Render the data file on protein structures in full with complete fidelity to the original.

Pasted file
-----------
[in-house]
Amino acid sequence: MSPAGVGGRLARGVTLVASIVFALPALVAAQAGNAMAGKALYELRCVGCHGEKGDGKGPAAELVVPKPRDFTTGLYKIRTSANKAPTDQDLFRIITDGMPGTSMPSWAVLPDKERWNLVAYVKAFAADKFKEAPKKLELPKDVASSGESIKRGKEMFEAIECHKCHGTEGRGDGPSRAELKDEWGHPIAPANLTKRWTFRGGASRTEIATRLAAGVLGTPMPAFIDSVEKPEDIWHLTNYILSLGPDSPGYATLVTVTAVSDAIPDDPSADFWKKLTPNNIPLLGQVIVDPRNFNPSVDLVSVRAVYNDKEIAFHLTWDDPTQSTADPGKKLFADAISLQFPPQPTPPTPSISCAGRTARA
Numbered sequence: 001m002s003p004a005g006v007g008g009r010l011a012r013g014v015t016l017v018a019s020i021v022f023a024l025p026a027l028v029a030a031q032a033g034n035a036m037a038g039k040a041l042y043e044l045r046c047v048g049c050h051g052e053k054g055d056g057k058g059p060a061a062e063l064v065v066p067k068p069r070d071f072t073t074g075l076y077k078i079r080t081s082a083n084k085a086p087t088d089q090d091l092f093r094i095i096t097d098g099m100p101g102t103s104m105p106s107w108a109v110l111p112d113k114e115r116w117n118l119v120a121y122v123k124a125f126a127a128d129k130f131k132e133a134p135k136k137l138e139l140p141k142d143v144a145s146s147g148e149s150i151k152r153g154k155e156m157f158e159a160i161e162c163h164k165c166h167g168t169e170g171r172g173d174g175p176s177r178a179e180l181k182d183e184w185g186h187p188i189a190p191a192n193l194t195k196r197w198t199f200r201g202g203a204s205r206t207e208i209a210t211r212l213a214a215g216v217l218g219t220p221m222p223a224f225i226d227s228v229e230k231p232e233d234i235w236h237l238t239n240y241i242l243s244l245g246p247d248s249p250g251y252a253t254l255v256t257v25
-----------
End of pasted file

[in-house]
Amino acid sequence: MSPAGVGGRLARGVTLVASIVFALPALVAAQAGNAMAGKALYELRCVGCHGEKGDGKGPAAELVVPKPRDFTTGLYKIRTSANKAPTDQDLFRIITDGMPGTSMPSWAVLPDKERWNLVAYVKAFAADKFKEAPKKLELPKDVASSGESIKRGKEMFEAIECHKCHGTEGRGDGPSRAELKDEWGHPIAPANLTKRWTFRGGASRTEIATRLAAGVLGTPMPAFIDSVEKPEDIWHLTNYILSLGPDSPGYATLVTVTAVSDAIPDDPSADFWKKLTPNNIPLLGQVIVDPRNFNPSVDLVSVRAVYNDKEIAFHLTWDDPTQSTADPGKKLFADAISLQFPPQPTPPTPSISCAGRTARA
Numbered sequence: 001m002s003p004a005g006v007g008g009r010l011a012r013g014v015t016l017v018a019s020i021v022f023a024l025p026a027l028v029a030a031q032a033g034n035a036m037a038g039k040a041l042y043e044l045r046c047v048g049c050h051g052e053k054g055d056g057k058g059p060a061a062e063l064v065v066p067k068p069r070d071f072t073t074g075l076y077k078i079r080t081s082a083n084k085a086p087t088d089q090d091l092f093r094i095i096t097d098g099m100p101g102t103s104m105p106s107w108a109v110l111p112d113k114e115r116w117n118l119v120a121y122v123k124a125f126a127a128d129k130f131k132e133a134p135k136k137l138e139l140p141k142d143v144a145s146s147g148e149s150i151k152r153g154k155e156m157f158e159a160i161e162c163h164k165c166h167g168t169e170g171r172g173d174g175p176s177r178a179e180l181k182d183e184w185g186h187p188i189a190p191a192n193l194t195k196r197w198t199f200r201g202g203a204s205r206t207e208i209a210t211r212l213a214a215g216v217l218g219t220p221m222p223a224f225i226d227s228v229e230k231p232e233d234i235w236h237l238t239n240y241i242l243s244l245g246p247d248s249p250g251y252a253t254l255v256t257v25